At the end of the US Solar Decathlon competition next year, one of the entries will move on to its final home in the Deanwood neighborhood of Washington D.C. The Empowerhouse is a net-zero home designed to Passive House standards that will consume 90% less energy than a typical home for heating and cooling. Unlike some of the SD Houses, this net-zero house has a life beyond the competition — it will actually serve to shelter local residents.

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Habitat For Humanity Washington D.C. and the D.C. Department of Housing and Community Development (DHCD) are working in conjunction with the Empowerhouse design team to find a family to live in the sustainable and affordable home. The Deanwood neighborhood, in the northeast part of the capital city, was chosen in part because of its diverse base, history or community activism and its commitment to green building.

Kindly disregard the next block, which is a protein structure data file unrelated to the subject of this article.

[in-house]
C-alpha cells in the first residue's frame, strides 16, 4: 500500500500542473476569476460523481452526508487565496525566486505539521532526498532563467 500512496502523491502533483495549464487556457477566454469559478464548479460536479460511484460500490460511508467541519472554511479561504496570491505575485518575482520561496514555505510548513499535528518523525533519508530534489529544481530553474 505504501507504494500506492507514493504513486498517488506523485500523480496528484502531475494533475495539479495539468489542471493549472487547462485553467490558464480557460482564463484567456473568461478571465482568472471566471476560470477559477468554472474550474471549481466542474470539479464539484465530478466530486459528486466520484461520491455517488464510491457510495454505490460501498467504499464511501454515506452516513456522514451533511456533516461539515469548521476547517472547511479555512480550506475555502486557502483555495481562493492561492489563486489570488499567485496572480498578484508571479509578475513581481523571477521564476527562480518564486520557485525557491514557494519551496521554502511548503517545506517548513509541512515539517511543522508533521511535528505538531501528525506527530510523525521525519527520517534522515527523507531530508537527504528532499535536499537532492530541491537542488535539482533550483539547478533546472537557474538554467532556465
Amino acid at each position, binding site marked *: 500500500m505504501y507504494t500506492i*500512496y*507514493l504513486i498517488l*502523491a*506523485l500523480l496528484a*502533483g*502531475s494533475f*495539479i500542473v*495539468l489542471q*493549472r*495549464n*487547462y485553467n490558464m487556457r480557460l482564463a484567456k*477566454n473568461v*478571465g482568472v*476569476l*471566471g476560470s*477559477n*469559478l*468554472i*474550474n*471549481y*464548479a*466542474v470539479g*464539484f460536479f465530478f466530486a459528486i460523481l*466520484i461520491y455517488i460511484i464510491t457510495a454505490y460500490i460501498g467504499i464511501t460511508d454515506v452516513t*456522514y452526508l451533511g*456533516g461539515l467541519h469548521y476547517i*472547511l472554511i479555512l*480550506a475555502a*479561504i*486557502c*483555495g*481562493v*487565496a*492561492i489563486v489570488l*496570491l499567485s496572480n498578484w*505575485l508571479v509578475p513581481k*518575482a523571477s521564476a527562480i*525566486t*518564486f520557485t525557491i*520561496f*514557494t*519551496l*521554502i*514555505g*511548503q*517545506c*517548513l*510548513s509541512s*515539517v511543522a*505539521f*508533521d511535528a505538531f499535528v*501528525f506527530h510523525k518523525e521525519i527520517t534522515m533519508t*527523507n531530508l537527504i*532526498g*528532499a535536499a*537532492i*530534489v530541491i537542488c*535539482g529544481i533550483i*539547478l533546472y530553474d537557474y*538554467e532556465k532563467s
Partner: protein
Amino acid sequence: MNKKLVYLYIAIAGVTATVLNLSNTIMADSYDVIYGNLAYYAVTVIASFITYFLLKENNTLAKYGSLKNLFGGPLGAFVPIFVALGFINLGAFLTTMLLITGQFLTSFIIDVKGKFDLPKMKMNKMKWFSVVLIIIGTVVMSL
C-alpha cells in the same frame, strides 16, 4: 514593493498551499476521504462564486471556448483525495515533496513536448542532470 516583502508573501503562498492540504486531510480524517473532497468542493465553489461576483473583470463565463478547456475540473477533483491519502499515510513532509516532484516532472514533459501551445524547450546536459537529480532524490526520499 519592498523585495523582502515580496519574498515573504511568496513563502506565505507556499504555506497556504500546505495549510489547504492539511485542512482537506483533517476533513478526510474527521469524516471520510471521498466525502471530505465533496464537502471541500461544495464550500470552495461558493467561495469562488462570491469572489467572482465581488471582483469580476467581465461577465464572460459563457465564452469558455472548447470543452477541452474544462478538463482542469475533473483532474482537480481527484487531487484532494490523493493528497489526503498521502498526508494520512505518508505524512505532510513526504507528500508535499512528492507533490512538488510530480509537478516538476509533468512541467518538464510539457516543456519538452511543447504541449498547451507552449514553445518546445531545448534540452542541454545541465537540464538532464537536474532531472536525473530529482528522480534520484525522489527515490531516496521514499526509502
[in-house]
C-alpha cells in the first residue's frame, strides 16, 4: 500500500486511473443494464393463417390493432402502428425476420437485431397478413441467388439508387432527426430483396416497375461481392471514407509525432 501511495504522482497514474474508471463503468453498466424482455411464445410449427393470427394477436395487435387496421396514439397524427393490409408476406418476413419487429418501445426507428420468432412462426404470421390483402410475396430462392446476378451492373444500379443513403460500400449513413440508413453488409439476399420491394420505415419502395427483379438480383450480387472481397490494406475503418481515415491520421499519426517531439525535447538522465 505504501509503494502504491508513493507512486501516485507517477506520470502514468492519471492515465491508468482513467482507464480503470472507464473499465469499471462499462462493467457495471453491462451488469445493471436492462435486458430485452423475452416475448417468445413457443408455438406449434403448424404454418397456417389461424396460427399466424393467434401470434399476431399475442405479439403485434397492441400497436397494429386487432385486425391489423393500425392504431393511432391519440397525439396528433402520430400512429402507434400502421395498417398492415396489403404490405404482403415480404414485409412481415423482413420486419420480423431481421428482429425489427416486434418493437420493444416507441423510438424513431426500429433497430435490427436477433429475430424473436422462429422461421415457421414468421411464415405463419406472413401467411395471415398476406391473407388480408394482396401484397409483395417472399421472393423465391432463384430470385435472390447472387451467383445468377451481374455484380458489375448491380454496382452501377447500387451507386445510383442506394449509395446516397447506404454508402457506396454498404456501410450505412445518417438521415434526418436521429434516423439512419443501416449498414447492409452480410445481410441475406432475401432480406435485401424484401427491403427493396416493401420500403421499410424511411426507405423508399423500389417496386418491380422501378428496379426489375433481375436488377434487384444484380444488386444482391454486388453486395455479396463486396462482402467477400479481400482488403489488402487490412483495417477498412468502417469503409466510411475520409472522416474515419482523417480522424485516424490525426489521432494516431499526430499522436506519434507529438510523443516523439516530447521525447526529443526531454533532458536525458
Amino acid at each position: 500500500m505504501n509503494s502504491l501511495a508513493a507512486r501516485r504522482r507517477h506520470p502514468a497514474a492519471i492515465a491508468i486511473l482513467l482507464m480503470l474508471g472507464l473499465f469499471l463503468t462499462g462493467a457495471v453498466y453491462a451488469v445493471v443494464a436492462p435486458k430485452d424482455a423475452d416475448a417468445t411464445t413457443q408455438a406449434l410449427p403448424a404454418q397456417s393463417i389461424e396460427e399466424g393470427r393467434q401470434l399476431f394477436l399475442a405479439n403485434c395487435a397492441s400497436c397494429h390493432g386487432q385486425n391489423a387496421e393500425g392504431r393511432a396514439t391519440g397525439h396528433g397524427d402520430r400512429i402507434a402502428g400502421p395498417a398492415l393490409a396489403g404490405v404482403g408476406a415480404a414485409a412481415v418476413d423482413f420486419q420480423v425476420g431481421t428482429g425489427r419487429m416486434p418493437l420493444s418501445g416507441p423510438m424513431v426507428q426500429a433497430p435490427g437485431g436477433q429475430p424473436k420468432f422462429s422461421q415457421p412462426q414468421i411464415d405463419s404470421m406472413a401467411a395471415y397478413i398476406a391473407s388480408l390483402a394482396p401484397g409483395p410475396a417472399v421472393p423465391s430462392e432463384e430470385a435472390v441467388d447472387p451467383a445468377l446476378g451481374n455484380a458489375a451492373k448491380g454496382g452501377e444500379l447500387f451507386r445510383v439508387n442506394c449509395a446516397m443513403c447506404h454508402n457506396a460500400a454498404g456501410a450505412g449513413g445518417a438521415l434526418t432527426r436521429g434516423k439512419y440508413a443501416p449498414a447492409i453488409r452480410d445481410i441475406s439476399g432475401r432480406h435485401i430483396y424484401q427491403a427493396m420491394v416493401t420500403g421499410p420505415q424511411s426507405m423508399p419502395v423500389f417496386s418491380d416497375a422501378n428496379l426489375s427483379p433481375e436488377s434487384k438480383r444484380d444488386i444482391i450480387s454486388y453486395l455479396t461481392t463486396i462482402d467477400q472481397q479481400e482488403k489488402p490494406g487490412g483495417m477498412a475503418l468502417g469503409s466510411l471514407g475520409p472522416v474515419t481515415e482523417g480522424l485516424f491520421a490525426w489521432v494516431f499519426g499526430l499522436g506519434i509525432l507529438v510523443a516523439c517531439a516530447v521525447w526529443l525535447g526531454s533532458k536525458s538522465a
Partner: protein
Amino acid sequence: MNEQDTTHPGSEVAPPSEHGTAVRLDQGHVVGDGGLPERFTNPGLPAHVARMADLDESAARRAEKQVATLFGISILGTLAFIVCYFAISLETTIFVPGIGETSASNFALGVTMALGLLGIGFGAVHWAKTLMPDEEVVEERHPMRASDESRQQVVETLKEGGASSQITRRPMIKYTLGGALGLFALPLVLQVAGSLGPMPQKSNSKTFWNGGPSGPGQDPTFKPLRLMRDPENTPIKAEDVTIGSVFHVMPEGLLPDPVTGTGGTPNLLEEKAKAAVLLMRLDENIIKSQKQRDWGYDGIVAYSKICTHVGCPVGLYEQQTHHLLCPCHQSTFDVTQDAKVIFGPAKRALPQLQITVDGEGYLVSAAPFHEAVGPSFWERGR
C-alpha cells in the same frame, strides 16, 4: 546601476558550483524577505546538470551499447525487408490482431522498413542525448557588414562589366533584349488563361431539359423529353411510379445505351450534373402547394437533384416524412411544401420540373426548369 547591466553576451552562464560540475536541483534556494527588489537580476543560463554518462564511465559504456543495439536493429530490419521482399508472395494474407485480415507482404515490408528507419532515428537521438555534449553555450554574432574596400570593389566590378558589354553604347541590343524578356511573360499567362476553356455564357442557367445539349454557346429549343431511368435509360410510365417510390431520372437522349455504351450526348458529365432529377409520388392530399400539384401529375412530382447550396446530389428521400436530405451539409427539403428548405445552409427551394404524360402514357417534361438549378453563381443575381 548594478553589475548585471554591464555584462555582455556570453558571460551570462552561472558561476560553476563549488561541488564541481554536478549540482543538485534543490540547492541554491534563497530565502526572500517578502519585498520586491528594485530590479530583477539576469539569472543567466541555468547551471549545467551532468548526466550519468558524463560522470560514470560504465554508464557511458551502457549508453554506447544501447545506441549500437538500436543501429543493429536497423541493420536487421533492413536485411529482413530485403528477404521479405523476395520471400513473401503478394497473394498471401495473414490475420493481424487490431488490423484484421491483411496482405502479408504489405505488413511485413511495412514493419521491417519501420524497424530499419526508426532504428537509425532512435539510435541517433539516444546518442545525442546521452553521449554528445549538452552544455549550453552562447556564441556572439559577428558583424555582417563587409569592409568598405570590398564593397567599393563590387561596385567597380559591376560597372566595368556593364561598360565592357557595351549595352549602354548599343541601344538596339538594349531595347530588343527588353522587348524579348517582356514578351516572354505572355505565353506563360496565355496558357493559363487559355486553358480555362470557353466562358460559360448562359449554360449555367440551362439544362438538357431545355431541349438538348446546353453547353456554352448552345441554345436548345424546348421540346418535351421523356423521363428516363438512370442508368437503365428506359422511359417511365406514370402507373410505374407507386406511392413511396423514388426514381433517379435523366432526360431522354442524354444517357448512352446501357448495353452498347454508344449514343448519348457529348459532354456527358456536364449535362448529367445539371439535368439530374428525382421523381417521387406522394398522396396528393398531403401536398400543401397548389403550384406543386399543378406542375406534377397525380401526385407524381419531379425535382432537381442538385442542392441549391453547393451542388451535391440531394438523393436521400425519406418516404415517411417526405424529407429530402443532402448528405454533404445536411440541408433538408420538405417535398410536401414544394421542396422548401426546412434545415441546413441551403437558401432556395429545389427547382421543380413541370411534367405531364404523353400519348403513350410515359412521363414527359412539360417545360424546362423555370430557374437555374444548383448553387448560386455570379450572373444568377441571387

The Empowerhouse, which is still in development, is being designed by a collaborative team of students from Parsons The New School for Design, Milano The New School for Management and Urban Policy, and Stevens Institute of Technology. The home features air-tight, super-insulated walls, an accessible green roof, and a palette of materials chosen for durability, quality, and their ability to integrate into the home’s surrounding community. The project is also being designed to compliment Habitat For Humanity’s building practices, so that it can be easily constructed by volunteers who have no prior building experience.

The Solar Decathlon competition is an amazing program that gives students real-world experience in sustainable design and construction, although the program has received some criticism for the homes not being realistic or affordable. The Empowerhouse team is trying to move past that — the competition as the basis for their design process, but the project’s ultimate goal is to serve as someone’s home.

+ Empowerhouse